Humans aren’t the only ones who join forces with friends to educate and enrich their kids…meet the T65A and T137 Bigg’s Orca families.
With life cycles so similar to our own, observing orca families over time feels very much like watching nieces and nephews growing up – especially on a celebratory, social day filled with sunshine, good times, and not a care in the world.
Encounter Date: September 1, 2020
I’ve written about my love of orca – and the T137 family – in this post, along with resources for sightings and IDs, so check it out if you haven’t already.
I was thrilled to have a recent hours-long encounter with them this September. As always, beyond the thrill of their presence, these charismatic megafauna had things to teach me, and it was an enlightening and exciting exploration.
Bigg’s (Transient) Orca form small pods that are matrilineal, where the mother travels with her sub-adult offspring, often accompanied by her adult male offspring. While that is the standard “unit,” these pods will also travel with other pods, presumably to socialize and search for their prey – marine mammals.
I had been seeing reports of the T137s traveling for much of the summer with the T65A family, and this was my lucky day to see these happy families wiling away a beautiful afternoon in the Puget Sound. As you’ll see, the orca were in high, social spirits. After hours of pouring through photos of rambunctious, splashy youngsters and trying to ID individuals, I experienced a lightning bolt of insight: these families had young that were VERY close in age to one another.
Were these clever mamas palling around all summer because their kiddos are so compatible in age and development? This idea was very compelling as I reviewed the activity of the day compared to their ages:
|34||Matriarch T65A (1986)||37||Matriarch T137 (1983)|
|16||T65A2 (male) (2004)||18||T137A (male) (2002)|
|13||T65A3 (2007)||14||T137B (now thought to be a male) (2006)|
|9||T65A4 (2011)||T137C passed away shortly after being born (2010)|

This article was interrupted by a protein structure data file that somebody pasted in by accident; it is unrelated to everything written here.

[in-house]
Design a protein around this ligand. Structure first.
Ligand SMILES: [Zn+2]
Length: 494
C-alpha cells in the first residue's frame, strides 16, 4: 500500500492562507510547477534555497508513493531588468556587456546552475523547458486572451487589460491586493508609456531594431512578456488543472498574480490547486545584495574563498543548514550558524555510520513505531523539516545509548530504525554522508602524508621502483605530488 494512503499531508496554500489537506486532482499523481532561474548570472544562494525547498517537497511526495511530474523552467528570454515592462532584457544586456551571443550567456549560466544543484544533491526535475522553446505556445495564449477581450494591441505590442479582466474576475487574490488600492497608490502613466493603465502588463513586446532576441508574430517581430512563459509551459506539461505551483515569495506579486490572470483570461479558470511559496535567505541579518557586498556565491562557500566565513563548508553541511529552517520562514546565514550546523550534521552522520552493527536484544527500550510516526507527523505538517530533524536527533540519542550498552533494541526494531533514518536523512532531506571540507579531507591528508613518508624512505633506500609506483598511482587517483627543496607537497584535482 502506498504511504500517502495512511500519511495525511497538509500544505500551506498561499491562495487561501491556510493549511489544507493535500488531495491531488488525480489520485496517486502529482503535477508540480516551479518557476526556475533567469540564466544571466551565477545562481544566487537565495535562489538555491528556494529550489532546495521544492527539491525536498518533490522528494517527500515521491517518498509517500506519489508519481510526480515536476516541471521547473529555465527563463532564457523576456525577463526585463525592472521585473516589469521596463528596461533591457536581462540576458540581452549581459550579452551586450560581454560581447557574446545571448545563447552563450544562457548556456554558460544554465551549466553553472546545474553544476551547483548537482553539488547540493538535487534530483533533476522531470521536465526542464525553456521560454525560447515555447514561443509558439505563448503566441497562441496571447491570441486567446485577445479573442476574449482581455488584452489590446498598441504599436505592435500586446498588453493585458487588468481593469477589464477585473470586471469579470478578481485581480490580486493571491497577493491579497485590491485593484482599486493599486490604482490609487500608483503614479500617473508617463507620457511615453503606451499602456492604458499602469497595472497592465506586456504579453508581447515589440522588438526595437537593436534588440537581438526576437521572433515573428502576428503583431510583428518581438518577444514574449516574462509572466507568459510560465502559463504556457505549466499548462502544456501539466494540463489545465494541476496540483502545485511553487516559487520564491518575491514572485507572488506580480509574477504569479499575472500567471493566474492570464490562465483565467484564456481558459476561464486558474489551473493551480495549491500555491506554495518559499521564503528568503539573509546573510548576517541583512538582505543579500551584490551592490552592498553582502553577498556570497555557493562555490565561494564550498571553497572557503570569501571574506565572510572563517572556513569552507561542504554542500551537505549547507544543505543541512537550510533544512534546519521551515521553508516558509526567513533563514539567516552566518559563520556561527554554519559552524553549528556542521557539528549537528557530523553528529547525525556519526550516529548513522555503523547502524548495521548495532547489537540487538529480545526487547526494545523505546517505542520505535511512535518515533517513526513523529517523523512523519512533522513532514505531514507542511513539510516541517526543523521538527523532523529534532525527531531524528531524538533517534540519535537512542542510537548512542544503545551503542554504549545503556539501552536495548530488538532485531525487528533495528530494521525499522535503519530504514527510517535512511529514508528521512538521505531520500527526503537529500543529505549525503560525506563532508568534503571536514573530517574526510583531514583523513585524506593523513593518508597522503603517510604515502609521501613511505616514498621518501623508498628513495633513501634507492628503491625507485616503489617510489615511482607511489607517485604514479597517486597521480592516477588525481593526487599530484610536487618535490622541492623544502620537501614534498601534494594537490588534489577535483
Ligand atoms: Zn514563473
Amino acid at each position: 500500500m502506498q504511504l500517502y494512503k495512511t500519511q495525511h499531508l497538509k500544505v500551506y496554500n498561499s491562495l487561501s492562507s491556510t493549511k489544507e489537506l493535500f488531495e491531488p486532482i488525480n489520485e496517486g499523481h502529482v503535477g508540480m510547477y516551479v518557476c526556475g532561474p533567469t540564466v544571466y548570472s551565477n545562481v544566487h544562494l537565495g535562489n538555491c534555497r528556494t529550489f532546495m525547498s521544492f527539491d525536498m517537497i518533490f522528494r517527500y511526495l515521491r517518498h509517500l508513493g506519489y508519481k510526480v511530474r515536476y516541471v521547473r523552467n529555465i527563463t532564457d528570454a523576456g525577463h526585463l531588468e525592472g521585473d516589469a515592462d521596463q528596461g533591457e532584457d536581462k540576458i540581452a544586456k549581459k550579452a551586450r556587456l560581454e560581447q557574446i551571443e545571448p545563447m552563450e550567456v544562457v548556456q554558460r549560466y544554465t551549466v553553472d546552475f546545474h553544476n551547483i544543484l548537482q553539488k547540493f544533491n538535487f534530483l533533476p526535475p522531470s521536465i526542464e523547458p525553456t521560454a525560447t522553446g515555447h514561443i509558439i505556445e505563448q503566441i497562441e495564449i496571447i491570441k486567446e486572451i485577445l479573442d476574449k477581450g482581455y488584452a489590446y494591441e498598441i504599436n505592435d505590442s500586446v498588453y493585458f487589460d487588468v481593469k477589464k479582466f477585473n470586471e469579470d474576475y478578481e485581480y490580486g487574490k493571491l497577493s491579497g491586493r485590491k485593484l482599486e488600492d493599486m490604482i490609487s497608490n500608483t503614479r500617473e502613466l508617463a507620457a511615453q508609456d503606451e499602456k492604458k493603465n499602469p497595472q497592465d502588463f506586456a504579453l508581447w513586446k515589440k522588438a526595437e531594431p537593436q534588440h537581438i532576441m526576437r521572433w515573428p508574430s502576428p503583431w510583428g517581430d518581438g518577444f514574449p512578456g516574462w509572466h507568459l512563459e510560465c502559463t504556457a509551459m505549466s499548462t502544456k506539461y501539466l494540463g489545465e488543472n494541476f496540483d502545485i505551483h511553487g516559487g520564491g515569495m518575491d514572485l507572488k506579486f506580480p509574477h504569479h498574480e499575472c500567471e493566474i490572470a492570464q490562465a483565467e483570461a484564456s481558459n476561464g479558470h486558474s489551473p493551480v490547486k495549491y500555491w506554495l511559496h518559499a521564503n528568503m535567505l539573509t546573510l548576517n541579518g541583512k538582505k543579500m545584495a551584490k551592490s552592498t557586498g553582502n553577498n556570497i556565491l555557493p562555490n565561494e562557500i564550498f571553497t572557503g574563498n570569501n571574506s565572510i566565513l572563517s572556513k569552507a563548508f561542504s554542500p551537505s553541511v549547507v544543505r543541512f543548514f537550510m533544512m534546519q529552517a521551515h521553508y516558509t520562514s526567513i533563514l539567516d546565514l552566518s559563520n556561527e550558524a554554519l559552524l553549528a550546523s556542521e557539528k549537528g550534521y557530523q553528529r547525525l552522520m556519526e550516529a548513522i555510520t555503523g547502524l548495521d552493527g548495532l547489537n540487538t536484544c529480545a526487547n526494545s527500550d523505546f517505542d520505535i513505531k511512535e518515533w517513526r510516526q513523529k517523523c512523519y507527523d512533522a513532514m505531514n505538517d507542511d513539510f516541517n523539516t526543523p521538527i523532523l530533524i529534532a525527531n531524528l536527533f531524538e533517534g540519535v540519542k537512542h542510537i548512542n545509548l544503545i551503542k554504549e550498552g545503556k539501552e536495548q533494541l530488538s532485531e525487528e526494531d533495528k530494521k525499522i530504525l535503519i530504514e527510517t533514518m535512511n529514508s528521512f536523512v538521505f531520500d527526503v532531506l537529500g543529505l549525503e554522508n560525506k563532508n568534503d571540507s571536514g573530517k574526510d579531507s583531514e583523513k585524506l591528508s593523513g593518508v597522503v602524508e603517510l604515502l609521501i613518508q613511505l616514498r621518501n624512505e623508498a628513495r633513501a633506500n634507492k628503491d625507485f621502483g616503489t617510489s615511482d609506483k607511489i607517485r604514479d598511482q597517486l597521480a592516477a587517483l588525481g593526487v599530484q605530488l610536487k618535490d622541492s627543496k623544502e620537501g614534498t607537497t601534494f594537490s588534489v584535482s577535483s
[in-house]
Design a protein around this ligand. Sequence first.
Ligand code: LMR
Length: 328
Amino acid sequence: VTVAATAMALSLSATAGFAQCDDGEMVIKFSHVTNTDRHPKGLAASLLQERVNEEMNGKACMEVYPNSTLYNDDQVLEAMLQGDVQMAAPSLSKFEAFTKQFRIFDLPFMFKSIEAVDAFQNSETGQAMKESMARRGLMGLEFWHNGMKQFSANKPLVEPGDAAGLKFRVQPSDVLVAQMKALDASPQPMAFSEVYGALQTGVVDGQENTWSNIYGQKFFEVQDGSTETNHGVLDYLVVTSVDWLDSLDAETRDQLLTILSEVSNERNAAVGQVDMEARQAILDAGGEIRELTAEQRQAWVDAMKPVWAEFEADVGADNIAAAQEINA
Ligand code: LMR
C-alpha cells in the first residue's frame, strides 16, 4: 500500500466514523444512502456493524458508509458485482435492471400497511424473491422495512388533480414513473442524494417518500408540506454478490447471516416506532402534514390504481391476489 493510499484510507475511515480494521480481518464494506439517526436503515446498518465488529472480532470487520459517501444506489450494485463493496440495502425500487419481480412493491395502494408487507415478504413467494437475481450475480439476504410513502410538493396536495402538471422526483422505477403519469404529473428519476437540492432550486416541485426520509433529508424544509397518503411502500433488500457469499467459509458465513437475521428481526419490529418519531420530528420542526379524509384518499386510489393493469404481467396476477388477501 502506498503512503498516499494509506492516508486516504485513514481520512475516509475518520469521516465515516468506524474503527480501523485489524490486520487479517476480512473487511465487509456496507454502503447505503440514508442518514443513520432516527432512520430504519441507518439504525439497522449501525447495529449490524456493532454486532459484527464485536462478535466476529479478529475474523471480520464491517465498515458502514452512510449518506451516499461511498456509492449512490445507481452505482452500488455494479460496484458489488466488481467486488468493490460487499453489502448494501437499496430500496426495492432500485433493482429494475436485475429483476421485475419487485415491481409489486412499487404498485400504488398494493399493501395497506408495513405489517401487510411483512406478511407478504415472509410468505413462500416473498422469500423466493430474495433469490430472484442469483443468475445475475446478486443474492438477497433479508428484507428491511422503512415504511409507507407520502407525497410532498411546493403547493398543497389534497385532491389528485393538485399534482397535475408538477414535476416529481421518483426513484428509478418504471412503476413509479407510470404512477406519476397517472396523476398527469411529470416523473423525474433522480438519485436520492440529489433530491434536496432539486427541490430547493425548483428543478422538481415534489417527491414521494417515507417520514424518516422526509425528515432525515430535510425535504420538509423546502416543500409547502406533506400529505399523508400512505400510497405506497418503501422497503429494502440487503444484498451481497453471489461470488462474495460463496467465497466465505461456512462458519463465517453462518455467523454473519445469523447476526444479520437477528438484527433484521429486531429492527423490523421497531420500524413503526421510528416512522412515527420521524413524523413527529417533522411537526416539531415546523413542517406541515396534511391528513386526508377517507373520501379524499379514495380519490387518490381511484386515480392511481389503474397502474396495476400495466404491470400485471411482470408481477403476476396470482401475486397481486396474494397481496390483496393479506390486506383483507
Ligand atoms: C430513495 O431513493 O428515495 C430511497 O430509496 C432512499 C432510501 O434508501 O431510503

|6||T65A5 (2014)||8||T137D (2012)|
While it’s certainly conjecture on my part, it doesn’t seem too crazy to propose that mamas with newly mature first sons, tweens, mid-childhood kiddos, and a toddler might combine forces to meet all those various needs – grabbing dinner, learning life skills, playing with friends, gaining social skills, and perhaps gaining parents precious moments of respite.
Fierce Upside-Down Competition
More often than not, I see whales in transit. Watching them surface and travel is cool, but the holy grail of whale sightings are the encounters where they are hunting or socializing. This was a day filled to the brim with spyhops, tail lobs, headstands, breaches, and other social behavior that looked like one heck of a party. Pouring through more than 4,000 photos snapped between myself and my partner, I counted no less than three dozen headstand shots – and I know we didn’t get even a fraction of them. (600mm lens from shore, lots of cropping, if you were wondering)
In early September 2019, I was deeply saddened by reports and photos of a peduncle injury for T137A. Observers had seen him lagging behind his family and behaving oddly. Finally, some researchers got a good look at the problem – possible the result of a propeller injury.
At the time, researchers were optimistic that he would recover fully. You can read the social media post with details of the injury here.
So it was with great joy that I watched T137A traveling with his family. I can’t say if I specifically saw him joining in the splashy antics, but he was a steady, strong presence alongside his family and friends.
But T137A is a spunky one…
While I was researching the family, I ran across this article from 2016 – when T137A was only 14 years old. Apparently, he thought it would be good fun to harass two adult gray whales migrating through Saratoga Passage.
No one came to any harm, but mom T137 took her younger kiddos away from the situation and then doubled back to drag her son home by the ear.
Click on the article to read the whole account.
Growing Up Orca
Most orca are listed as “unknown” gender until they are old enough to have the male dorsal growth spurt, known as “sprouting,” or if a researcher is lucky enough to capture just the right angle of underside shot while also having a clear ID of the whale. Previously, I hadn’t seen reference to gender for T137B, but in the most recent sightings, researchers mentioned a tell-tale change. I had wondered why I was having a hard time IDing from my usual sources, but this guy’s dorsal is shooting up!
Speaking of giant dorsals, it’s a little unfathomable to imagine the scale of male dorsals once they are fully mature. T65A2 is just reaching maturity and his dorsal is right around 6 feet tall. Male dorsals are one of the reasons I tell those new to whale watching that they will KNOW when they see an orca vs any other cetacean.
And on the other end of the spectrum, the youngest member of the T65As is two year-old T65A6. This little one – like most orca under 3 – sticks pretty close to mom. The teeny dorsals on the wee ones gets me every time I see them!
A Perfect Day
It had been two years since I had seen the T137 family – after seeing them annually since 2015 – so their celebratory mood fit my own elated state as I observed them, spent hours pouring over photos, shared to my community on social media, and then lingered over creating this post to commemorate the visit.
May I be this fortunate each and every year, continuing to visit with this beautiful family and their many friends.